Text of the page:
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Department of Anthropology

Academic Staff

Publication details for Professor Sarah Elton

Meloro, C., Elton, S., Louys, J., Bishop, L.C. & Ditchfield, P. (2013). Cats in the forest: predicting habitat adaptations from humerus morphometry in extant and fossil Felidae (Carnivora). Paleobiology 39(3): 323-344.

Author(s) from Durham

Abstract

Mammalian carnivores are rarely incorporated in paleoenvironmental reconstructions, largely because of their rarity within the fossil record. However, multivariate statistical modeling can be successfully used to quantify specific anatomical features as environmental predictors. Here we explore morphological variability of the humerus in a closely related group of predators (Felidae) to investigate the relationship between morphometric descriptors and habitat categories. We analyze linear measurements of the humerus in three different morphometric combinations (log-transformed, size-free, and ratio), and explore four distinct ways of categorizing habitat adaptations. Open, Mixed, and Closed categories are defined according to criteria based on traditional descriptions of species, distributions, and biome occupancy. Extensive exploratory work is presented using linear discriminant analyses and several fossils are included to provide paleoecological reconstructions.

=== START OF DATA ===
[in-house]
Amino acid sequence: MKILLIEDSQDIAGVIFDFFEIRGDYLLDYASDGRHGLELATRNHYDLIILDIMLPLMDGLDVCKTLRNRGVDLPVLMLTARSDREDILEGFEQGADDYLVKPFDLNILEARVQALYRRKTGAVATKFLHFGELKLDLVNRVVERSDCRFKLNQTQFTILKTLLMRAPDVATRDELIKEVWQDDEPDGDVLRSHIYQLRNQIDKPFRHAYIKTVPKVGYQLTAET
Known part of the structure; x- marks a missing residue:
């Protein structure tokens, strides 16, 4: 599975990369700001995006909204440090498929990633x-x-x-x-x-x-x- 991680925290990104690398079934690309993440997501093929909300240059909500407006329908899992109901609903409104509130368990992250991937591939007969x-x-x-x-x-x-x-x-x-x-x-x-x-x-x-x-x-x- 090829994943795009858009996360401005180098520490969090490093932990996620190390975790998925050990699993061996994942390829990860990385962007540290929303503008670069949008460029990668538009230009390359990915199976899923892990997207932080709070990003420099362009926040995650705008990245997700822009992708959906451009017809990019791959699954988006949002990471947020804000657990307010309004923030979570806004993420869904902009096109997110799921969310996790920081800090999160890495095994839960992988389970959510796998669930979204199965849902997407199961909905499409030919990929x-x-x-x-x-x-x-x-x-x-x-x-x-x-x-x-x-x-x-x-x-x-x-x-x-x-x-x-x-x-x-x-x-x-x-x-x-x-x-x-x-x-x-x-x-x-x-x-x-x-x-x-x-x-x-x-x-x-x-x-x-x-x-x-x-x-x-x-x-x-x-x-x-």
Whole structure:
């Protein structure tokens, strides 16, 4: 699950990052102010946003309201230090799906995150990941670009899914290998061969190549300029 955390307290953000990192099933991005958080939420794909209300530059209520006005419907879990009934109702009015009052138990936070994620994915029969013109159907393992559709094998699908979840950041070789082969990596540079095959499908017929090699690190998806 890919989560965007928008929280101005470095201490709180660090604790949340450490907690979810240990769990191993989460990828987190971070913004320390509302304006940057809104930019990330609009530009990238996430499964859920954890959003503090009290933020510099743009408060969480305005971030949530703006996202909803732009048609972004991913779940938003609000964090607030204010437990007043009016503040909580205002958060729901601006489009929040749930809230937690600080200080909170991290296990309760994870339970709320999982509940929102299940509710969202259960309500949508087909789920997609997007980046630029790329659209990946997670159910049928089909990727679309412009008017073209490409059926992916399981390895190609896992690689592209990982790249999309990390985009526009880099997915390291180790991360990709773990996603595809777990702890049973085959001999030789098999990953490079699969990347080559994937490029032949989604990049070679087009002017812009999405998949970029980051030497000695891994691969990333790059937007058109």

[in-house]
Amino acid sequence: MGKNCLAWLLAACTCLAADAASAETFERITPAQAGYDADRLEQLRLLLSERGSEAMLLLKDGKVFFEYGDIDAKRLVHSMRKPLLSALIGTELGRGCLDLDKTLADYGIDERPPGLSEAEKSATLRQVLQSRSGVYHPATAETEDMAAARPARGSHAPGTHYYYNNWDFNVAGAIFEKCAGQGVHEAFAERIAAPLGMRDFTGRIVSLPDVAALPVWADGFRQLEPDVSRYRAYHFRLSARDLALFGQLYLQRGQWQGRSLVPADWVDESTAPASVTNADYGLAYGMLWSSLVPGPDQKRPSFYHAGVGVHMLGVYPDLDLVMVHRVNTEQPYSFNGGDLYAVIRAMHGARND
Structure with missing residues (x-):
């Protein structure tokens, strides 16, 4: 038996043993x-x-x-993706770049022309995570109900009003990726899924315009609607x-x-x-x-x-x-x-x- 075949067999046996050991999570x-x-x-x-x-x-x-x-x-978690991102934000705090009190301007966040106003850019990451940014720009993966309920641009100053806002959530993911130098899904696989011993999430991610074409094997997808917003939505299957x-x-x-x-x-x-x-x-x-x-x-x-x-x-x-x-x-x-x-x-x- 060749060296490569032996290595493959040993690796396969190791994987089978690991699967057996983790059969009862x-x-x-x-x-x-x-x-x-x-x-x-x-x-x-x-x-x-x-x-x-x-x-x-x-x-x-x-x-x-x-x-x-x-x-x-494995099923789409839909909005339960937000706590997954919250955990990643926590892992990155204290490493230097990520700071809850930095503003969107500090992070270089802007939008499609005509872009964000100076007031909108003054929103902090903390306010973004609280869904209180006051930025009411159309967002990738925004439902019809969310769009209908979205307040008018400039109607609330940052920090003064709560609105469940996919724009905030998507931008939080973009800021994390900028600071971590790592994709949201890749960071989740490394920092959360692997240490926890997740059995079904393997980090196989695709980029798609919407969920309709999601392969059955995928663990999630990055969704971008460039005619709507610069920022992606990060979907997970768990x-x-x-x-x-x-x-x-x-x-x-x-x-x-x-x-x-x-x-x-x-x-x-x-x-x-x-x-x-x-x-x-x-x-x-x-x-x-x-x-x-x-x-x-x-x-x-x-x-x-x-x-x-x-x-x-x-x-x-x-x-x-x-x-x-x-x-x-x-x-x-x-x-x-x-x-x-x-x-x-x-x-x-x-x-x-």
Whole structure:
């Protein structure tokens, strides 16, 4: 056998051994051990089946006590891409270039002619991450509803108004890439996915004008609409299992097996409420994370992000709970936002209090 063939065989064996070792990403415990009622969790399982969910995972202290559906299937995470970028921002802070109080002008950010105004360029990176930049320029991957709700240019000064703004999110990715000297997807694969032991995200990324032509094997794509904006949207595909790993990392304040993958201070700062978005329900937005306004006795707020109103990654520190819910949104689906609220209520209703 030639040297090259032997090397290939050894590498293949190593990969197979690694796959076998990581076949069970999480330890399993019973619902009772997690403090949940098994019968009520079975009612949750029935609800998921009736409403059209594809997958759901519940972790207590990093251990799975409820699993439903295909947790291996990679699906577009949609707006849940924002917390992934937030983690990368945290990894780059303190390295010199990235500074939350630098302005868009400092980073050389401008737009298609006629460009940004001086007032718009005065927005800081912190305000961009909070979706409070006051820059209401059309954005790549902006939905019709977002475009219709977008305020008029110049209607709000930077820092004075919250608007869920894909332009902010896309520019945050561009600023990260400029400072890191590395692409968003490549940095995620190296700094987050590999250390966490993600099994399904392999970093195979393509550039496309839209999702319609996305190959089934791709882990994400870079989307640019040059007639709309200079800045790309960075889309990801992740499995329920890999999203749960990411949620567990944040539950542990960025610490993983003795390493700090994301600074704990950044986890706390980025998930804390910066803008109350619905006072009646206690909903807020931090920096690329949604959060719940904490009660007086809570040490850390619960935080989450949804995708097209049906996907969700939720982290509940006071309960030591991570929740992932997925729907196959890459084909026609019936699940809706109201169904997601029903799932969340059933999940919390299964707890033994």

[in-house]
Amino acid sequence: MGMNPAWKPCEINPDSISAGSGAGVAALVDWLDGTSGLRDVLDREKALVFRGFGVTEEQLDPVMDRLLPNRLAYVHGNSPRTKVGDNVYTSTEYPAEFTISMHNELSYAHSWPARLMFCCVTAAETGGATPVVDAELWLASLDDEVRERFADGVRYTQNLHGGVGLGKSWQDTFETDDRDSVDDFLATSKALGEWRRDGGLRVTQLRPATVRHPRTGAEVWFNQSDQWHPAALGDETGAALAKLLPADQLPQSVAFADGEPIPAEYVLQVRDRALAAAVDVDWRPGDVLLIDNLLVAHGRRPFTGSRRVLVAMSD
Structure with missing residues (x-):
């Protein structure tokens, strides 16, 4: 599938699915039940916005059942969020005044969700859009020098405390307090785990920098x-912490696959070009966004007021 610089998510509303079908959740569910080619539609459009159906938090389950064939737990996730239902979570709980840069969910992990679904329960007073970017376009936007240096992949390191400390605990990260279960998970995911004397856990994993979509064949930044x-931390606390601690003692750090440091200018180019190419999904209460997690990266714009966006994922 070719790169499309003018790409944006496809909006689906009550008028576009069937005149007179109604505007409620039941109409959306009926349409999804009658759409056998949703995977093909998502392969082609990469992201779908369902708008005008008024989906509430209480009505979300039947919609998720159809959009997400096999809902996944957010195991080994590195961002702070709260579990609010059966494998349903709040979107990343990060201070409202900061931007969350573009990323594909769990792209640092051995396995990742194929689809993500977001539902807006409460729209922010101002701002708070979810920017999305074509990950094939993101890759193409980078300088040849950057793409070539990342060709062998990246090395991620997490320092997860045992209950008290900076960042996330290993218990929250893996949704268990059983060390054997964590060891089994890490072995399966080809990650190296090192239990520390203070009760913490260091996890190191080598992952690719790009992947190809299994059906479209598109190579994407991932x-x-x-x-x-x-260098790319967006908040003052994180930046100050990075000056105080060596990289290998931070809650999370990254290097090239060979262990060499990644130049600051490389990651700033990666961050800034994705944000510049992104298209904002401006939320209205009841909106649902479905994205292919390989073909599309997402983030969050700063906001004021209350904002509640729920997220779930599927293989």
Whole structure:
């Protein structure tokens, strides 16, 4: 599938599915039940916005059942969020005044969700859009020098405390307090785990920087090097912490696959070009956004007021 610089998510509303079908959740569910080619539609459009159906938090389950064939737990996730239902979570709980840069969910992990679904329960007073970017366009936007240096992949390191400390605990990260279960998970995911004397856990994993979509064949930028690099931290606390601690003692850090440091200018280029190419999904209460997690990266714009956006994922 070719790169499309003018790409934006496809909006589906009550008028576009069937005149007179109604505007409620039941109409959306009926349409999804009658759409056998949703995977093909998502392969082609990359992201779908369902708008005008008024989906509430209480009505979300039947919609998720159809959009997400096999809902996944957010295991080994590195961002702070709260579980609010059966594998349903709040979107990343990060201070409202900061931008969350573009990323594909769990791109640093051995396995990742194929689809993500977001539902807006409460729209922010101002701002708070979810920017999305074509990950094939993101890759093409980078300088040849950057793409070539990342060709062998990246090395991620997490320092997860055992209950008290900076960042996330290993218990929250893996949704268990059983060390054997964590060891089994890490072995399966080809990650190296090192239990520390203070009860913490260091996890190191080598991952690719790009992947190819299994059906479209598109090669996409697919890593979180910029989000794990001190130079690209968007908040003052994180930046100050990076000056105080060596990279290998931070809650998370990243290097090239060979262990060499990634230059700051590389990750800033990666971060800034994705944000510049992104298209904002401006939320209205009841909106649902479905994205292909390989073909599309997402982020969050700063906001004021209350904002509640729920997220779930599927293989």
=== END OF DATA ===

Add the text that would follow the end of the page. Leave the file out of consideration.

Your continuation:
We found no significant differences in the predictive power of distinct morphometric descriptors or habitat criteria, although sample splitting into small and large cat guilds greatly improves the stability of the models. Significant insights emerge for three long-canine cats: Smilodon populator, Paramachairodus orientalis, and Dinofelis sp. from Olduvai Gorge (East Africa). S. populator and P. orientalis are both predicted to have been closed-habitat adapted taxa. The false “sabertooth” Dinofelis sp. from Olduvai Gorge is predicted to be adapted to mixed habitat. The application of felid humerus ecomorphology to the carnivoran record of Olduvai Gorge shows that the older stratigraphic levels (Bed I, 1.99–1.79 Ma) included a broader range of environments than Beds II or V, where there is an abundance of cats adapted to open environments.